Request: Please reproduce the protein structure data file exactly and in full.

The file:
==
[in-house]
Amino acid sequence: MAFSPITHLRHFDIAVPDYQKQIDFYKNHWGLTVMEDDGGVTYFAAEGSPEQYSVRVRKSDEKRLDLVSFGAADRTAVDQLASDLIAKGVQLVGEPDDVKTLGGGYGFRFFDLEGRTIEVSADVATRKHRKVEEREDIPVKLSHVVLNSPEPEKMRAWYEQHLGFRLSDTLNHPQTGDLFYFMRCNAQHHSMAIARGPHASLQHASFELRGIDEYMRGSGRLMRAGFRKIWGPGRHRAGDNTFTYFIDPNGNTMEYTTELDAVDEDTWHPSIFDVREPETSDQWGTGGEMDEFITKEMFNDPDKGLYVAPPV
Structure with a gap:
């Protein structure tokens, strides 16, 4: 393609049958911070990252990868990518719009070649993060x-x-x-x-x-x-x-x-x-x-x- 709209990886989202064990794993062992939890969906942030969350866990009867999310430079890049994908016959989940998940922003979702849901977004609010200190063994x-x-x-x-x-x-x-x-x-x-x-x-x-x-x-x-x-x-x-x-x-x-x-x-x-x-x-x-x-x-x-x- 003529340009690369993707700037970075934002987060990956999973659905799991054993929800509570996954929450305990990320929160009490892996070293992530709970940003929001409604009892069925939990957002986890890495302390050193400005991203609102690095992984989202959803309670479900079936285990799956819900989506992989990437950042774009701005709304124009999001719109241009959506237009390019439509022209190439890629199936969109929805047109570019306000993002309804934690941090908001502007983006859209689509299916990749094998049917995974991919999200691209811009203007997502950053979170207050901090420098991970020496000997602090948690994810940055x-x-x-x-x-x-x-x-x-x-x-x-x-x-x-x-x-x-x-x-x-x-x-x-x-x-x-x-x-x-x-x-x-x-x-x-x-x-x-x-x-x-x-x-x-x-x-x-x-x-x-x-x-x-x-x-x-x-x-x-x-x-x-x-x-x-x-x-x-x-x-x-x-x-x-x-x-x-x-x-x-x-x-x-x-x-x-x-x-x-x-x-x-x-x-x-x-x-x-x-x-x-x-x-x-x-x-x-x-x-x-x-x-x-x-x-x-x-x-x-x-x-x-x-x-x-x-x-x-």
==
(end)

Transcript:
[in-house]
Amino acid sequence: MAFSPITHLRHFDIAVPDYQKQIDFYKNHWGLTVMEDDGGVTYFAAEGSPEQYSVRVRKSDEKRLDLVSFGAADRTAVDQLASDLIAKGVQLVGEPDDVKTLGGGYGFRFFDLEGRTIEVSADVATRKHRKVEEREDIPVKLSHVVLNSPEPEKMRAWYEQHLGFRLSDTLNHPQTGDLFYFMRCNAQHHSMAIARGPHASLQHASFELRGIDEYMRGSGRLMRAGFRKIWGPGRHRAGDNTFTYFIDPNGNTMEYTTELDAVDEDTWHPSIFDVREPETSDQWGTGGEMDEFITKEMFNDPDKGLYVAPPV
Structure with a gap:
């Protein structure tokens, strides 16, 4: 393609049958911070990252990868990518719009070649993060x-x-x-x-x-x-x-x-x-x-x- 709209990886989202064990794993062992939890969906942030969350866990009867999310430079890049994908016959989940998940922003979702849901977004609010200190063994x-x-x-x-x-x-x-x-x-x-x-x-x-x-x-x-x-x-x-x-x-x-x-x-x-x-x-x-x-x-x-x- 003529340009690369993707700037970075934002987060990956999973659905799991054993929800509570996954929450305990990320929160009490892996070293992530709970940003929001409604009892069925939990957002986890890495302390050193400005991203609102690095992984989202959803309670479900079936285990799956819900989506992989990437950042774009701005709304124009999001719109241009959506237009390019439509022209190439890629199936969109929805047109570019306000993002309804934690941090908001502007983006859209689509299916990749094998049917995974991919999200691209811009203007997502950053979170207050901090420098991970020496000997602090948690994810940055x-x-x-x-x-x-x-x-x-x-x-x-x-x-x-x-x-x-x-x-x-x-x-x-x-x-x-x-x-x-x-x-x-x-x-x-x-x-x-x-x-x-x-x-x-x-x-x-x-x-x-x-x-x-x-x-x-x-x-x-x-x-x-x-x-x-x-x-x-x-x-x-x-x-x-x-x-x-x-x-x-x-x-x-x-x-x-x-x-x-x-x-x-x-x-x-x-x-x-x-x-x-x-x-x-x-x-x-x-x-x-x-x-x-x-x-x-x-x-x-x-x-x-x-x-x-x-x-x-």